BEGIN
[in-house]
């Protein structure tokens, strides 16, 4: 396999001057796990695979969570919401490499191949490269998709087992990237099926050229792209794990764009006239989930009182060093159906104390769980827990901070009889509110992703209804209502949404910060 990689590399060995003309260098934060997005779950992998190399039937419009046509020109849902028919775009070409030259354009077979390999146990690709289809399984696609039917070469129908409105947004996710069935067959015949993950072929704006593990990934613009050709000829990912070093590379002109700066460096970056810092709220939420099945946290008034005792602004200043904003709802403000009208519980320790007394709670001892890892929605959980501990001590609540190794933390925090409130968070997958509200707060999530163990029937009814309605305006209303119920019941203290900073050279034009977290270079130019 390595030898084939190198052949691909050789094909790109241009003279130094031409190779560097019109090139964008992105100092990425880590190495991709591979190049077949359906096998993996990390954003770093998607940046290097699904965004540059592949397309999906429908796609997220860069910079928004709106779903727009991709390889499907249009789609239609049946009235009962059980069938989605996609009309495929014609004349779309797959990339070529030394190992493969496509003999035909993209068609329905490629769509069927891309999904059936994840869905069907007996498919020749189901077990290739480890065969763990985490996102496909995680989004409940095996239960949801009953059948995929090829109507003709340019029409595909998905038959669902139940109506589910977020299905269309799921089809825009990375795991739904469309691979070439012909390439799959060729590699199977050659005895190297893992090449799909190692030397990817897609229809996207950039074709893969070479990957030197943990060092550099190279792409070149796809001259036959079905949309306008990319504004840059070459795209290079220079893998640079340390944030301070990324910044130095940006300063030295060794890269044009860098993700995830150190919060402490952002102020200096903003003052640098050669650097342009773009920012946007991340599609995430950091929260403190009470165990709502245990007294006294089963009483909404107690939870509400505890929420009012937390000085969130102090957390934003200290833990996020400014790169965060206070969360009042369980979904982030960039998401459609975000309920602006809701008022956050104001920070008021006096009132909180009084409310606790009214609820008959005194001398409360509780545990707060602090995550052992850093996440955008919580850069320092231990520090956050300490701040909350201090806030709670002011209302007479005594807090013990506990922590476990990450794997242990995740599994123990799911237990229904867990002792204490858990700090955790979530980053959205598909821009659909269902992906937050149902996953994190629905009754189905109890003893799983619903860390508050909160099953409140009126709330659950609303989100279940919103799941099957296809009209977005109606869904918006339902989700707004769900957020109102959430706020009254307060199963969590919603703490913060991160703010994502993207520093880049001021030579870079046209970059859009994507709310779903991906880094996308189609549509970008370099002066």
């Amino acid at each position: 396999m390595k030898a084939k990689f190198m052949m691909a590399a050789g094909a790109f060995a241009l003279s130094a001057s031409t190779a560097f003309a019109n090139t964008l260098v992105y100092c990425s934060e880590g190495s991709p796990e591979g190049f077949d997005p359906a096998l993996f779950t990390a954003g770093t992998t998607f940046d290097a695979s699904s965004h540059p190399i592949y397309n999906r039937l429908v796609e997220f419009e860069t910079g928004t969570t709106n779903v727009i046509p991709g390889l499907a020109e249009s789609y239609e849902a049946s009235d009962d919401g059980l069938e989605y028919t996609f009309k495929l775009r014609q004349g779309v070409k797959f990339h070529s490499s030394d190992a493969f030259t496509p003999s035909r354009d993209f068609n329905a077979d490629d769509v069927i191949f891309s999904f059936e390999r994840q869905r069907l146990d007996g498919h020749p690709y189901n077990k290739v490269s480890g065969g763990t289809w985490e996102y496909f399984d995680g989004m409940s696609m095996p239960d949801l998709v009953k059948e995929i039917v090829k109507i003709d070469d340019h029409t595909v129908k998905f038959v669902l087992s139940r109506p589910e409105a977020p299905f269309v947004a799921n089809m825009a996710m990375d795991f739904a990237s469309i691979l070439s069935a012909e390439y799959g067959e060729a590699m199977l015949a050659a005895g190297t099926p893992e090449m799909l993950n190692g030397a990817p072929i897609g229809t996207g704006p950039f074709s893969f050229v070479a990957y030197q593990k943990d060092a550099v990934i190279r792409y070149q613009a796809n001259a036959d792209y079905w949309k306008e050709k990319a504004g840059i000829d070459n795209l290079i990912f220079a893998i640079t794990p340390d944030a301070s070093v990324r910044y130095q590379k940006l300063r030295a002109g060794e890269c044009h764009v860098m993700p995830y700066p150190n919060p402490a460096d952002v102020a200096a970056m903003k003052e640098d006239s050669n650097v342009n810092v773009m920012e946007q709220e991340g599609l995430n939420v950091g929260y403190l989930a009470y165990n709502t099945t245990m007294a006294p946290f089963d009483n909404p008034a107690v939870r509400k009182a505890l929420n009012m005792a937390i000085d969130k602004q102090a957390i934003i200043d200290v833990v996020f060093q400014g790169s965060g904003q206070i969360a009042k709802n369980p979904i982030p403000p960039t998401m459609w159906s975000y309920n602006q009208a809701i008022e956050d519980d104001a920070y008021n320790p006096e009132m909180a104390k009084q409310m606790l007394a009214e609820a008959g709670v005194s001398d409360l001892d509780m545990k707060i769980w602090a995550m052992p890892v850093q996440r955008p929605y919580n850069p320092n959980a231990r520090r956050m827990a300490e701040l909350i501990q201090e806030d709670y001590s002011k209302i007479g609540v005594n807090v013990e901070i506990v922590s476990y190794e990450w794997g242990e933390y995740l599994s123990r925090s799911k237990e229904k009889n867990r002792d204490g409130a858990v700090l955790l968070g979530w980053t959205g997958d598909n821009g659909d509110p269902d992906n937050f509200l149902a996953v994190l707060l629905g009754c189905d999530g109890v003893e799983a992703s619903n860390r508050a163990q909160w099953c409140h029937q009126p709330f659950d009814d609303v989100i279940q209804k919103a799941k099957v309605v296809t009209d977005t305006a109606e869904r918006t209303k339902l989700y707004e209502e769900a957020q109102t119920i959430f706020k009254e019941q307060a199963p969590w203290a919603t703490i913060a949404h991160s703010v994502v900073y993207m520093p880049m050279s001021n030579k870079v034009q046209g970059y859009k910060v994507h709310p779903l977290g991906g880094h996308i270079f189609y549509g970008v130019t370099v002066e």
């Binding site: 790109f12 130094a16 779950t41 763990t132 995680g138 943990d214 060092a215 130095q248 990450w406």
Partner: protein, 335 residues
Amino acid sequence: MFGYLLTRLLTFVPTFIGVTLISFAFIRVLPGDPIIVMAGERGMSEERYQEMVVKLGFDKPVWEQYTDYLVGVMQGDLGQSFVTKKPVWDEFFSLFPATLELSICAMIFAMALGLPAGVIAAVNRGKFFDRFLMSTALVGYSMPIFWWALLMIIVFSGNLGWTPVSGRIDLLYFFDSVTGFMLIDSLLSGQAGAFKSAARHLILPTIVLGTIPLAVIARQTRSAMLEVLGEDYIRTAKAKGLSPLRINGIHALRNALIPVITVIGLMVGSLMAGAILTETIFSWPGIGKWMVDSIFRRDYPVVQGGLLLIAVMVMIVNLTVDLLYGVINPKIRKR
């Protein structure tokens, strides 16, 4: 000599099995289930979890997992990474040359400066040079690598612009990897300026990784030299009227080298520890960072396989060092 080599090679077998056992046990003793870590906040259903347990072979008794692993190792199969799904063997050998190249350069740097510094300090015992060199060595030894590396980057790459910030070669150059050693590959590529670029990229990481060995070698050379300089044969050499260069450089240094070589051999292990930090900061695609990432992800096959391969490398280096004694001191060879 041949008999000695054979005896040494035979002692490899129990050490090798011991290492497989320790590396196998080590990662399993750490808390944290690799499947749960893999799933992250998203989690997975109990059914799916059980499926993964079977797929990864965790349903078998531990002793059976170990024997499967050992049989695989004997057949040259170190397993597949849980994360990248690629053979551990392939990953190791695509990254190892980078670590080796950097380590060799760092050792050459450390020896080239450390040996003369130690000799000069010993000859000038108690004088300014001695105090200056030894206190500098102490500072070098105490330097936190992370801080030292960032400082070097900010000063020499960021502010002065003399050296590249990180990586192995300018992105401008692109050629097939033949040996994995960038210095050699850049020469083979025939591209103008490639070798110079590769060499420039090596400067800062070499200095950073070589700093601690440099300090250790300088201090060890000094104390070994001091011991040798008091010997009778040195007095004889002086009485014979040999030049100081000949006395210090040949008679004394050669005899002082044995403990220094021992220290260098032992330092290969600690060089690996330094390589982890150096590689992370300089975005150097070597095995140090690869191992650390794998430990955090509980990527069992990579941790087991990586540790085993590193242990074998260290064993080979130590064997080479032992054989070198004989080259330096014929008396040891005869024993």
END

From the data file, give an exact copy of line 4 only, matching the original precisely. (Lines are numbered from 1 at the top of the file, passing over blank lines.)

């Binding site: 790109f12 130094a16 779950t41 763990t132 995680g138 943990d214 060092a215 130095q248 990450w406």